The Culinary Program has launched a wildly successful food truck. With Rodriguez and his wife at the helm, they serve up affordable and delicious dishes like charred brussels sprouts tossed in spicy Korean barbecue sauce ($7), with a $2 add-on of achiote pineapple chicken. For sweets, customers love the Pig Newtons –– two graham cracker biscuits filled with spicy pork-belly candy, bacon and fig jam ($6). And the YouthWorks Catering Service is cooking at public and private events for high-profile clients like the American Institute of Architects, the Mayor of Santa Fe, the Spanish Colonial Arts Museum and the Nation of Makers Conference.  
It isn’t always easy when kids are having problems and don’t show up for work. “My job is wrangling sabertooth kittens!” Penny jokes. But the satisfaction outweighs the tough stuff. Kids who are successful in the program are getting placed in local restaurants.
YouthWorks apprentices at an event with Chef Rodriguez.
YouthWorks apprentices at an event with Chef Rodriguez.

Erin, one of Culinary Program’s young apprentices, says it’s the most fun job she has ever had. “Everyone wants to be bettering their personal situation, and I’m working with some of the hardest-working people I know.” she says. And Jackie, a former student who is now a sous chef at YouthWorks, says, “Working with YouthWorks and chef Carmen in the kitchen has brought a new purpose to my life. Teaching and learning how to cook and put on events has opened my eyes to the bigger need of food and food service in my community. When I watch the crew in action, it makes me proud and you can see them also being proud of themselves.”  
Rodriguez recently placed another YouthWorks alum, Joe, in a friend’s restaurant as a pantry cook. A month later, Joe called him to say that the owner was so impressed with his skills that he was promoting him to the hot line. “In my toughest chef voice that I could muster, I told Joe, ‘Don’t fuck this up,’ and he answered ‘Yes, chef.’ I had to pull over and wipe tears of pride from my eyes. I knew how the Italian chef had felt when he tasted my shrimp scampi.”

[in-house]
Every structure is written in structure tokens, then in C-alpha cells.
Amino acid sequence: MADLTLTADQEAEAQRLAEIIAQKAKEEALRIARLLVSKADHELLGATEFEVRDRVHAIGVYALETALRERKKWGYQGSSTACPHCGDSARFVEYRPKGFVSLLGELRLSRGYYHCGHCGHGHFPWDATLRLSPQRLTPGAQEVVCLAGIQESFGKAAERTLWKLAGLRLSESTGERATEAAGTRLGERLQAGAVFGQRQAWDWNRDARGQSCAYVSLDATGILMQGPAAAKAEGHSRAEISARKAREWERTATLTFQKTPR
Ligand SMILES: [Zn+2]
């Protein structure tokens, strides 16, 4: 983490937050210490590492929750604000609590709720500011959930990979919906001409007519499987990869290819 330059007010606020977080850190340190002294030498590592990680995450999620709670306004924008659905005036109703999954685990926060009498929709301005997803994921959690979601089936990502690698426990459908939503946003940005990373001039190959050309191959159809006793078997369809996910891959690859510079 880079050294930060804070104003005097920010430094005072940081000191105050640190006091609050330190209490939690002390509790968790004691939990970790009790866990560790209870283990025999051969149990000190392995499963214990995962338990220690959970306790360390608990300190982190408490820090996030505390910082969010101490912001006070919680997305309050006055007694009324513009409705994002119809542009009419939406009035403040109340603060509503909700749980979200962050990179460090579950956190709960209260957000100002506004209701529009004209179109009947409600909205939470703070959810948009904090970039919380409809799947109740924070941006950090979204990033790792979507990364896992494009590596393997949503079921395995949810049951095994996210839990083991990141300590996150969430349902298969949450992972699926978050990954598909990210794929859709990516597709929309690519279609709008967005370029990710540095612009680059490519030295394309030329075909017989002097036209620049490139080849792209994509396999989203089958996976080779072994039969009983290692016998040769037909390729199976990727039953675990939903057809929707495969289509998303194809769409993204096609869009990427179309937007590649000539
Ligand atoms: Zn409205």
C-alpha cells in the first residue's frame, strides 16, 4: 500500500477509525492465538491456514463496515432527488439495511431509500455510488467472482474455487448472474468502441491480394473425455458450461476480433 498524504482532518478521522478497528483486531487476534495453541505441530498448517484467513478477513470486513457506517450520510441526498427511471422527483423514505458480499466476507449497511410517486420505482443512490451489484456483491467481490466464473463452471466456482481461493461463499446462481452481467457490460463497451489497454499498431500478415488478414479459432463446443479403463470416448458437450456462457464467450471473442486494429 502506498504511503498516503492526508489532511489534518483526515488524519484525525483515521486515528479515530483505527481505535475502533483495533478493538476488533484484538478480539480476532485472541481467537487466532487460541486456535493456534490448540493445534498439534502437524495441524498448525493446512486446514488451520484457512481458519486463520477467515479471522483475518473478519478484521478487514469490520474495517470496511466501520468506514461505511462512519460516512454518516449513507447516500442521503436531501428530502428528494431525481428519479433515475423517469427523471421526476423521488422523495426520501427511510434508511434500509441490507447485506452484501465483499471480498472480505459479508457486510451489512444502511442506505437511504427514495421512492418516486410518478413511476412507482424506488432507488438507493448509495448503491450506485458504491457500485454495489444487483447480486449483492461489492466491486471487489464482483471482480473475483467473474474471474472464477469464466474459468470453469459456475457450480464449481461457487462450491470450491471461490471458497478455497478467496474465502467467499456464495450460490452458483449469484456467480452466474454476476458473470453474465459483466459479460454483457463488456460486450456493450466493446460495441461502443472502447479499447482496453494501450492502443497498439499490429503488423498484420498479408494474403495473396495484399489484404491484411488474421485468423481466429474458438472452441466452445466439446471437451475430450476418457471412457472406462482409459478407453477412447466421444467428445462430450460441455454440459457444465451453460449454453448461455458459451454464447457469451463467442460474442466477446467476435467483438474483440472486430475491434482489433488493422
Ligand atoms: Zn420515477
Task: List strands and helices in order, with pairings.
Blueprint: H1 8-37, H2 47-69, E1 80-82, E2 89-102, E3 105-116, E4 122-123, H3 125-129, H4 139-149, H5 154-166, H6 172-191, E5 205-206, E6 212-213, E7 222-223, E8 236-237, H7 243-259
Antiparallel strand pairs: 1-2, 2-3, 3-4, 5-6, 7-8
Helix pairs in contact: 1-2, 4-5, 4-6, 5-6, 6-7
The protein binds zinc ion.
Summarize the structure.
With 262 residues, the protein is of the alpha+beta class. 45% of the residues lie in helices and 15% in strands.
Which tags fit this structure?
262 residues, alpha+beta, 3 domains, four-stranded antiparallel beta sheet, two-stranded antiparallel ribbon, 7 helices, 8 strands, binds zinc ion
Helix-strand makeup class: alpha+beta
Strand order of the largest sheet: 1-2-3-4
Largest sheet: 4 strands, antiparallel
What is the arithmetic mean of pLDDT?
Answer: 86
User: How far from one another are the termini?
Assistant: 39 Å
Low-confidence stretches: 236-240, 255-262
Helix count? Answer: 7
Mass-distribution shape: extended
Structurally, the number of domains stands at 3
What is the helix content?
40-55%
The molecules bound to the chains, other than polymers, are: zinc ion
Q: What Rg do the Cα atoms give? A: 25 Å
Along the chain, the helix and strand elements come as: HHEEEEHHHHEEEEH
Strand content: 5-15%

Think It’s Impossible for Rival Gangs to Resolve Their Differences? This Man Will Prove You Wrong

Brooklyn might not look the same as it did back in the 1970s, when Robert DeSana started teaching at John Dewey High School in Bensonhurst. But underneath the coffee shops, loft spaces and trendy restaurants lies some of the same problems that plagued the area decades ago. Gangs are still the way of life for far too many youths born and raised in New York communities. Racial tensions still run high. And drug dealers still stake their claim to street corners. To DeSana, this is no way to live, so for almost 40 years, he’s been showing youths and adults alike that there is another way through the Council for Unity.
The CFU is a nonprofit that empowers youth to take ownership of the problems of bias and violence that exist in their schools and communities. The program, which includes a specific curriculum developed by DeSana and approved by the NYC Board of education in the 1980s, is centered on “Four Pillars”: family, unity, self-esteem and empowerment. The idea is to build a culture of acceptance, in which students from varying backgrounds can grow to understand and support each other to eradicate violence. So far, the program been a success. CFU reaches more than 100,000 kids a year, ranging from 8 to 20 years old, throughout 30 schools in the New York City area and beyond. More than 93 percent of attendees eventually graduate from the program. “If 93 percent of them are graduating, that tells you one thing: The street is not winning, we are,” DeSana told TruthAtlas.
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When DeSana started the Council in 1975, he designed it as a way to unite opposing groups to prevent violence in school. That sense of peace ended up expanding into the surrounding community, and he was eventually asked to replicate the group at schools that faced similar challenges. From there, CFU just continued to grow. “It started as a club. Then, it became a program, then a course, then a culture,” DeSana said. “Now, it has become a movement.” In addition to New York schools, the Council has taken up residency in various prisons in the area, including Sing Sing Correctional Facility, a maximum security institution in Ossining, New York, and the Suffolk County Correctional Facility in Riverhead. Here, prisoners from rival gangs can find a common ground and a safe haven. “The founders of CFU in the Suffolk County jail were members and leaders of the Crips, the Bloods, MS-13, the Latin Kings, and the Aryan Brotherhood,” DeSana said. “That is an impossibility. That had never occurred before.” DeSana hopes he can prevent at-risk youths from becoming criminals in by offering them a community where they feel safe and secure, without the violence.